Breast Cancer Survival Rises With Cruciferous Vegetable Intake

Oncology & Biotech NewsJune 2012
Volume 6
Issue 6

Breast cancer survival improved significantly in patients who increased consumption of cruciferous vegetables following diagnosis, a study of Chinese women showed.

Breast cancer survival improved significantly in patients who increased consumption of cruciferous vegetables following diagnosis, a study of Chinese women showed.

During a median follow-up of 5.3 years, cruciferous vegetable consumption had a dose-dependent impact on the hazard rate for overall mortality, breast cancer—specific mortality, and non–breast cancer mortality. The magnitude of the risk reduction ranged as high as 58%.

“Women who consumed large quantities of cruciferous vegetables tended to be younger and healthier, but after controlling for those differences and a variety of other factors, the vegetable consumption remained significantly associated with survival,” said Sarah Nechuta, PhD, MPH, an epidemiologist at Vanderbilt University School of Medicine in Nashville, Tennessee, who presented the data at the 2012 AACR Annual Meeting.

Metabolites of cruciferous vegetables (eg, broccoli, cauliflower, cabbage, greens) include several bioactive substances shown to have anticancer properties. Examples include indoles and isothiocyanates. While studies have shown that increased consumption of the vegetables is associated with a reduced risk of developing breast cancer, limited information exists regarding the influence on cancer recurrence, progression, and survival.

Nechuta and colleagues in Shanghai examined the association between cruciferous vegetable consumption and outcomes in breast cancer survivors. Data for the analysis came from the Shanghai Breast Cancer Survival Study, a cohort study involving almost 5000 women with stages I-IV breast cancer.

The final analysis comprised 4886 women aged 20-75 years. All study participants enrolled within 6 months of breast cancer diagnosis.

Investigators assessed consumption of cruciferous vegetables (g/day) at baseline and after 18 and 36 months. Information was collected by means of in-person interviews and medical records. The primary outcomes were breast cancer recurrence, cancer-specific mortality, and total mortality.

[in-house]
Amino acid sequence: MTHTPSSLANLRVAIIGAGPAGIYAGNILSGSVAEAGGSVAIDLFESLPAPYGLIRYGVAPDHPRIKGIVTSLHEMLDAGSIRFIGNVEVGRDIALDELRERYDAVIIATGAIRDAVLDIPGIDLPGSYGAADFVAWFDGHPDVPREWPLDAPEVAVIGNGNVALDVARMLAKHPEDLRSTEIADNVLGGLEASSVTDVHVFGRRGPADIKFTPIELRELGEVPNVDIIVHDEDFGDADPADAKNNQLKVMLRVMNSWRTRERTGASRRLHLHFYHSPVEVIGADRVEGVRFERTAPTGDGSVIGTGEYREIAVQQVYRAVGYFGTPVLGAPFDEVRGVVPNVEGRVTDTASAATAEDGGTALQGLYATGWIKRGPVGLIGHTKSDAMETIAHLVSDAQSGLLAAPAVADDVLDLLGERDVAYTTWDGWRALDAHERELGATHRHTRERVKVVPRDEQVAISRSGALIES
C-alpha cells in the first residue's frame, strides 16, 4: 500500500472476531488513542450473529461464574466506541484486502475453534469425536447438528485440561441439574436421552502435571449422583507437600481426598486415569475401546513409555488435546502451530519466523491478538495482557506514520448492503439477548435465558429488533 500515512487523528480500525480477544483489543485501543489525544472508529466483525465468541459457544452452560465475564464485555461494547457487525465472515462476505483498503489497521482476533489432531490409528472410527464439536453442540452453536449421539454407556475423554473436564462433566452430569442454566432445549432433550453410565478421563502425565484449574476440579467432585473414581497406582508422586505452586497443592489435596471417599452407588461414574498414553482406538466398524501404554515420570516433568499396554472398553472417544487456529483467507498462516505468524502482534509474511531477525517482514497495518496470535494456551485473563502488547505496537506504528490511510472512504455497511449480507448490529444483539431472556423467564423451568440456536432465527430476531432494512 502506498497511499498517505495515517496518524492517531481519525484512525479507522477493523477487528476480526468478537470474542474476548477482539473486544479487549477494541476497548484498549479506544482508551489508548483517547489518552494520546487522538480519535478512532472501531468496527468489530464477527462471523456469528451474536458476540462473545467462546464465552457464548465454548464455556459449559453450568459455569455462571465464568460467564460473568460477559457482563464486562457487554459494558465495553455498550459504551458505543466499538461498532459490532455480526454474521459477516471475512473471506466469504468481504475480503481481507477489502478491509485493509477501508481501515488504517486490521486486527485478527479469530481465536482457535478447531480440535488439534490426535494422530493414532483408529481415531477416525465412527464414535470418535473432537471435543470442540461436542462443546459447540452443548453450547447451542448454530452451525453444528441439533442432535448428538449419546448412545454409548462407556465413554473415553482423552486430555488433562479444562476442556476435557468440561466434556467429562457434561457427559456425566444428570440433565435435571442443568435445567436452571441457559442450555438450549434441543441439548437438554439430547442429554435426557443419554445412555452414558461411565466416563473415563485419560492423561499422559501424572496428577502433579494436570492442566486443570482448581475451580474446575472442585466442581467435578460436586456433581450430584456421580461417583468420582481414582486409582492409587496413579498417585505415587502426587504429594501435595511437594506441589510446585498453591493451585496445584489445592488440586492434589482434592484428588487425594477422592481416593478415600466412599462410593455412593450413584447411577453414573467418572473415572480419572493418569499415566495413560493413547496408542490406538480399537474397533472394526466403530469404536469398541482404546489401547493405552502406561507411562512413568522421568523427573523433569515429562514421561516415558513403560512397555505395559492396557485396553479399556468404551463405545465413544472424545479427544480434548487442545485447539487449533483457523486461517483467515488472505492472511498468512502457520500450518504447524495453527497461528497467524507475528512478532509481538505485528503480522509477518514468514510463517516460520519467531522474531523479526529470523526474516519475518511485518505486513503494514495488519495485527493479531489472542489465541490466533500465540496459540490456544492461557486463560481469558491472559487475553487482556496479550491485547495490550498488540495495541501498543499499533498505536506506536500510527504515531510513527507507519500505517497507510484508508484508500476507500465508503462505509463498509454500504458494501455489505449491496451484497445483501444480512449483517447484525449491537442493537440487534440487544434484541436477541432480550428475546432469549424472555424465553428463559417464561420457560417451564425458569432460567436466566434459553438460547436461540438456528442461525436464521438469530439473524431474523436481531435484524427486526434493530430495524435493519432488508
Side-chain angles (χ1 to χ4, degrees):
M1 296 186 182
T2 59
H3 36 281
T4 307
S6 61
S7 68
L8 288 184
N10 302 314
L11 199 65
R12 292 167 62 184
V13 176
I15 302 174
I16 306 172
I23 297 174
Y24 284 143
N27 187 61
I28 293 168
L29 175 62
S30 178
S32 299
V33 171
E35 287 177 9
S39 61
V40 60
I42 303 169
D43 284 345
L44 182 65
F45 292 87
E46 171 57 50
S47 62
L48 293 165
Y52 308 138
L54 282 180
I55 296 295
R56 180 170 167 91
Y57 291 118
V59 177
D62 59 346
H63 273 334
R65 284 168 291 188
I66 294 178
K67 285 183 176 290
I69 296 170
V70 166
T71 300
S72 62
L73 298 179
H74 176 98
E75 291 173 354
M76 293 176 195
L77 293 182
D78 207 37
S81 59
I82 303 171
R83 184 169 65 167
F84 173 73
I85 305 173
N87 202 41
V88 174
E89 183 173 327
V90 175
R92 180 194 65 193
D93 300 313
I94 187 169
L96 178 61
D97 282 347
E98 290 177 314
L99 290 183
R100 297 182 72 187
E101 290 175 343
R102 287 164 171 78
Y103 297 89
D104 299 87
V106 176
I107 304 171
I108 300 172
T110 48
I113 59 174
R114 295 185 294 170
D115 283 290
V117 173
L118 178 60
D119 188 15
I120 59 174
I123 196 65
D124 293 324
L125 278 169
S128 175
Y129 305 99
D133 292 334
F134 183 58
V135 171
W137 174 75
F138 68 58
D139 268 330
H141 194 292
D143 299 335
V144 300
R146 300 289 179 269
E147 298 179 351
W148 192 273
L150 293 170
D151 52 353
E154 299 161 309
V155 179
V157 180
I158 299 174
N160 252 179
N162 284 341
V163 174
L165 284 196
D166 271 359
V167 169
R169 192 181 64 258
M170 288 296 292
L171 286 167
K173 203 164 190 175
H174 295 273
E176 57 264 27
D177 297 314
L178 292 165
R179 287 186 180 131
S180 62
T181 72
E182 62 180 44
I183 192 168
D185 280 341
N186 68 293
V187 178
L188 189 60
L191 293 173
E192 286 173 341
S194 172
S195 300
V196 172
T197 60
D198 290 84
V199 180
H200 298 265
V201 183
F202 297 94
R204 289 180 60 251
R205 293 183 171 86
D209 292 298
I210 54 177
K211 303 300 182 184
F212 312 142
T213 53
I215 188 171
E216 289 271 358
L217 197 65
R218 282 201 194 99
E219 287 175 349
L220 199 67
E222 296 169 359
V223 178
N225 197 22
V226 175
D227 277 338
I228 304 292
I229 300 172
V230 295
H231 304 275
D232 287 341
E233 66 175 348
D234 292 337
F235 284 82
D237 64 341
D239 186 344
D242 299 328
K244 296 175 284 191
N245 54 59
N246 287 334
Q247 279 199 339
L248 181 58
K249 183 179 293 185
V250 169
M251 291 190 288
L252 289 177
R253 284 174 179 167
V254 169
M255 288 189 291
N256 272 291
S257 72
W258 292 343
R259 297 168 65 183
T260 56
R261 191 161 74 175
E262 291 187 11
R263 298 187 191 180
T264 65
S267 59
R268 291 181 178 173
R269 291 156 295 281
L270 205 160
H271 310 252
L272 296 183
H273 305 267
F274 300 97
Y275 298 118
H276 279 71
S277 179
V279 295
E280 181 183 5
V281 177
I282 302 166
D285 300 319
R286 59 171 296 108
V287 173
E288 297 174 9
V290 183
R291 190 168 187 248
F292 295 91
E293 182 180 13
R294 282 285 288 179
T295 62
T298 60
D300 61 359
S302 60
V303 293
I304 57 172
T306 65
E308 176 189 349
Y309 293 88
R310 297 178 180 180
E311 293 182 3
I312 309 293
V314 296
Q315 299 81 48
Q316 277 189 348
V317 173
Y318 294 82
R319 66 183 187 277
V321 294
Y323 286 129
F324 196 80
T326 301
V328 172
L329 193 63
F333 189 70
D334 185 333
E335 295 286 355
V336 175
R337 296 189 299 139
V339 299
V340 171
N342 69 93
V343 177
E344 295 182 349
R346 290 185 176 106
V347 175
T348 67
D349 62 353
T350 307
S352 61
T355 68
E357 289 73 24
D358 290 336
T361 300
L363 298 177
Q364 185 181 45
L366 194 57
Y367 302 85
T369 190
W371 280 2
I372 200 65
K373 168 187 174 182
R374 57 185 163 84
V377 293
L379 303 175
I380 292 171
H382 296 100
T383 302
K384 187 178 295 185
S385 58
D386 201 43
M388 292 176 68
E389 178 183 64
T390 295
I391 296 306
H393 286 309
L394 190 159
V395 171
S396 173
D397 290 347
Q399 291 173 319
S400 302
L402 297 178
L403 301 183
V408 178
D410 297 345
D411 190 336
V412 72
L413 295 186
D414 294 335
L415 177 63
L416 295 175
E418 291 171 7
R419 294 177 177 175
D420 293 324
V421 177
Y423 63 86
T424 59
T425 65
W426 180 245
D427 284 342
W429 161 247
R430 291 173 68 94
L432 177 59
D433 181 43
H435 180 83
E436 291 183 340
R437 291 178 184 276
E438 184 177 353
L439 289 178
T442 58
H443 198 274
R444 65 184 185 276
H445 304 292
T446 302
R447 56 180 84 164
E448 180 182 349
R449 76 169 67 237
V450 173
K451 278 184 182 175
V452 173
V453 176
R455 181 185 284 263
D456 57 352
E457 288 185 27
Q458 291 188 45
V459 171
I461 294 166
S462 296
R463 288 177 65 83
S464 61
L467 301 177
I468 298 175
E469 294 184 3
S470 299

The analysis occurred after 707 study participants had died, including 562 breast cancer— related deaths. The average daily consumption of cruciferous vegetables increased from 62.5 g at baseline to 102.1 g at 18 months and 133.8 g at 36 months.

Investigators stratified the study population into quintiles of cruciferous vegetable intake and compared outcomes, using the lowest quintile of consumption as the reference. At 36 months after diagnosis, the mortality hazard ratio ranged from 0.74 for women in the second quintile to 0.42 in the fifth quintile. Each difference was statistically significant from the reference group, as was the trend analysis (P <.01).

The analysis showed a similar pattern for breast cancer—specific mortality, ranging from 0.92 to 0.58. Only the two highest quintiles were significantly different from the reference group. The overall trend remained significant (P <.01).

Analysis of non—breast cancer mortality yielded a 55% reduction in the hazard ratio among women in the fifth versus first quintile of cruciferous vegetable consumption.

With respect to breast cancer recurrence, only the third quintile differed significantly from the reference, but the hazard ratio was lower in all four of the higher quintiles. The trend also favored increased consumption of cruciferous vegetables (P = .04).

Nechuta and colleagues offered several caveats about extrapolating the data to North American women. Consumption of cruciferous vegetables is much higher among Chinese women. Moreover, the types of cruciferous vegetables commonly consumed in China differ from those favored in the United States. Levels of bioactive compounds are influenced by the amount and type of cruciferous vegetables consumed.

Finally, host/genetic factors might also influence the metabolism of cruciferous vegetables and the effects of the bioactive compounds.

Nechuta S, Lu W, Cai H, et al. Cruciferous vegetable intake after diagnosis of breast cancer and survival: a report from the Shanghai Breast Cancer Survival Study. Presented at the American Association for Cancer Research Annual Meeting; March 31-April 4, 2012; Chicago, IL. Abstract LB-322.

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